If your mechanic orders a part are you commited to getting the repair?

If I had my mechanic order a part, but didn’t sign anything to have the work done, and now decided not to get the repair, can I just call them and say forget about it?

Legally probably not…ethically YES.

Some parts can be returned for a restocking fee. Other parts, like electrical parts, often are not returnable. You should be responsible for any fees (restock, shipping) incurred by your verbal agreement to proceed.

If you have a verbal agreement, is not your word your bond? If the work has not yet been, you can tell the mechanic< “Nope!”, but, you owe the mechanic for diagnostic time, any prep., and any lose such as return fees.

it is your word that is at stake here.

you are not committed, but neither should you expect to have this shop ever work on your car again.

as far as the return of these parts, if they are common, ordinary parts then it’s no big deal, but if it is a special widget for a studebaker, then you asked the shop to go out on a limb for you.

Legally you’re able to do this, but wouldn’t you feel like a real " #%!&# " afterwards? (If you don’t think you would, then we’re wasting our time answering this.)

As others have noted, your mechanic is out some money because of this. You should at least approach them and offer to pay for their time and any out-of-pocket costs (restocking fees, etc).

In this economy, it is not very nice to “stick” the mechanic with the cost of a part or the restocking fee for a part that he ordered for your repair work. If your mechanic reneged on a verbal agreement, you would likely be the first to speak ill of him, so unless you want to be a hypocrite, you should approach him with an offer to pay whatever costs he incurred by ordering that part.

All too often, people only see their side of an argument or their position in a particular situation. In this instance, try to put yourself in the position of a small businessman who may be struggling as much as everyone else in this economic downturn.

Do the right thing and pay whatever the mechanic’s expenses were. Unless you want to be viewed as a hypocritical, lying, cheapskate–Don’t go to that repair shop again!

If it is a “stock” part that is on the shelf locally, then it’s probably no big deal.

If special parts were ordered from out of state, there will be shipping charges and restocking charges that they’d be stuck with, if you decided not to have them do the work.

By the way, a verbal contract is equally binding as a written contract (just a lot harder to prove in court if you choose to lie).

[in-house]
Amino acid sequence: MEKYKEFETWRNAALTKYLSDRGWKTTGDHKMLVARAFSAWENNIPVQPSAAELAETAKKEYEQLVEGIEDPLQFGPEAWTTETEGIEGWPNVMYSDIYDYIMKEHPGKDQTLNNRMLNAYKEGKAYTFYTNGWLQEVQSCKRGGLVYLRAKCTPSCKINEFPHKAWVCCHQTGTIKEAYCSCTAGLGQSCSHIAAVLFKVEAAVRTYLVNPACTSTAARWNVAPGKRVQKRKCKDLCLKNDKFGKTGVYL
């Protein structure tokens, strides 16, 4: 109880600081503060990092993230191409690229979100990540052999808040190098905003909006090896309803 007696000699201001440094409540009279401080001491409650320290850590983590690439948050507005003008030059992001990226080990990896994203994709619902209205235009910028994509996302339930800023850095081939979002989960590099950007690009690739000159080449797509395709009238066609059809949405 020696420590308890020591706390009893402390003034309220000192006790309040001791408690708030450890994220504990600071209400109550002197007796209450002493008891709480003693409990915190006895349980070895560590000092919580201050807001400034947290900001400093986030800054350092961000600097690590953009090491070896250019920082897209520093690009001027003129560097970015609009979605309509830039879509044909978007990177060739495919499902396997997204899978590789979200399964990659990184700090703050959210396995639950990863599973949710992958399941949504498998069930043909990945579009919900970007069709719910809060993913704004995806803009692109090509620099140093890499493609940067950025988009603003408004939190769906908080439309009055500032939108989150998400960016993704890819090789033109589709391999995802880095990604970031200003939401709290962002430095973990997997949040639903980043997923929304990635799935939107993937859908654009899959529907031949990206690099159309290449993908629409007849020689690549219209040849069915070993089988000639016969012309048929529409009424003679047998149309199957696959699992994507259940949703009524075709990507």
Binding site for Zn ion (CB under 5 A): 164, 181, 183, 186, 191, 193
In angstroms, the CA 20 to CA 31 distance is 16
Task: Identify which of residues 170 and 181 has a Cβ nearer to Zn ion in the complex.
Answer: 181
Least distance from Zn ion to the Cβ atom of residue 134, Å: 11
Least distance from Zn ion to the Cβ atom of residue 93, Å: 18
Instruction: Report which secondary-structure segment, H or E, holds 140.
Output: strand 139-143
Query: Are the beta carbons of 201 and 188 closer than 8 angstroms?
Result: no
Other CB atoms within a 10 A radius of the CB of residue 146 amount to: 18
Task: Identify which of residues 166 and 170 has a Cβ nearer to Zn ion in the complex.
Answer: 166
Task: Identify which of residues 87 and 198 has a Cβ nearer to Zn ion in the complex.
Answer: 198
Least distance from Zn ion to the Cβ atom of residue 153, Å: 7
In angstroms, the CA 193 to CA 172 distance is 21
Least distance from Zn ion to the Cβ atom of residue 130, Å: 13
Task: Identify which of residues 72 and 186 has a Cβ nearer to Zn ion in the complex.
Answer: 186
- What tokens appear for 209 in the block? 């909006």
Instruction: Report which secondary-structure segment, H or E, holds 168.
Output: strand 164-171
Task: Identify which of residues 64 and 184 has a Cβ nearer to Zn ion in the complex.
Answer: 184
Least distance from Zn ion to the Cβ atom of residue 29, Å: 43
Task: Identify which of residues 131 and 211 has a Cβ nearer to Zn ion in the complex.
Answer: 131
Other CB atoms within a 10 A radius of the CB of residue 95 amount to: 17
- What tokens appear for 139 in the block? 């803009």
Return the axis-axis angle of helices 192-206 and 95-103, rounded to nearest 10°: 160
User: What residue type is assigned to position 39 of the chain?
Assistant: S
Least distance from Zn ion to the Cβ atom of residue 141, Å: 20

You are morally (if not legally, I don’t know) responsible to keep the mechanic ‘whole’. As others have said, that includes any restocking fees, and, perhaps more importantly, payment for his time to diagnose the problem in the first place, as hellokit said. Did the mechanic spend time doing this? His time is very valuable.

Mike aren’t you backwards on this one?

Depends if they ordered the wrong part. They can’t charge you for that. If it’s right, you’re under “contract” by leaving them the keys.

By the information you provided, you are not legally bound to have the repair done.

I avoid this situation by having the customer pay for the part up front. I will not order any part if it isn’t paid for in advance then I don’t have the situation where I’m paying for a part I can’t return. If it is a “special order part” there is no way I order it unless it’s paid for up front.

Now if it’s a normal stocking part but they happen to run out of that part then that is a different issue.

If you authorized the mechanic to order a part, whether in writing or verbally, you should pay a restocking charge, sometimes as high as 25%, but usually around 10%. It would be the right thing to do, especially if the mechanic has to pay a restocking charge to his parts distributor.

Legally you may not be and odds are a shop won’t go after you on a verbal promise, but if this part was a special order and you backed out of the deal on me I would be plenty hot and pass the word around town about you along with refusing to touch your car again.

I’ve made the mistake of special ordering a few parts for people who then disappeared off of the face of the earth and this left me holding the bag for a few obscure parts. I’ve still got a couple of those oddball parts (Audi window switch for example) that have been stashed back for over 15 years now.
My money is flushed unless I just happen to run across someone who needs the part.

This sounds like one of those “found a better price elsewhere” things and it’s a pretty common thing to occur.
If this is a special order part and if you want to do the right thing at least buy the part from the mechanic and throw it in the closet until you need it rather than leave him in the hole on it.

Sure you could…but why would you ? . Then you’ll want to walk back into this shop in a few months and ask for more free diagnosis ?

Ok doctor, thanks for the x-rays and diagnosis. And, y’know that medicine you just drew into the syringe ? I don’t want it now…see ya later…

Oh waiter…Y’know that steak I ordered that is now on the grille ? Don’t want it now…bye bye.

Sure you could…but why would you ?

Ethics ?, P.R.?, where do you place yourself in this picture ? What business or career are you in ? Reverse the scenario and THINK ABOUT IT REAL HARD.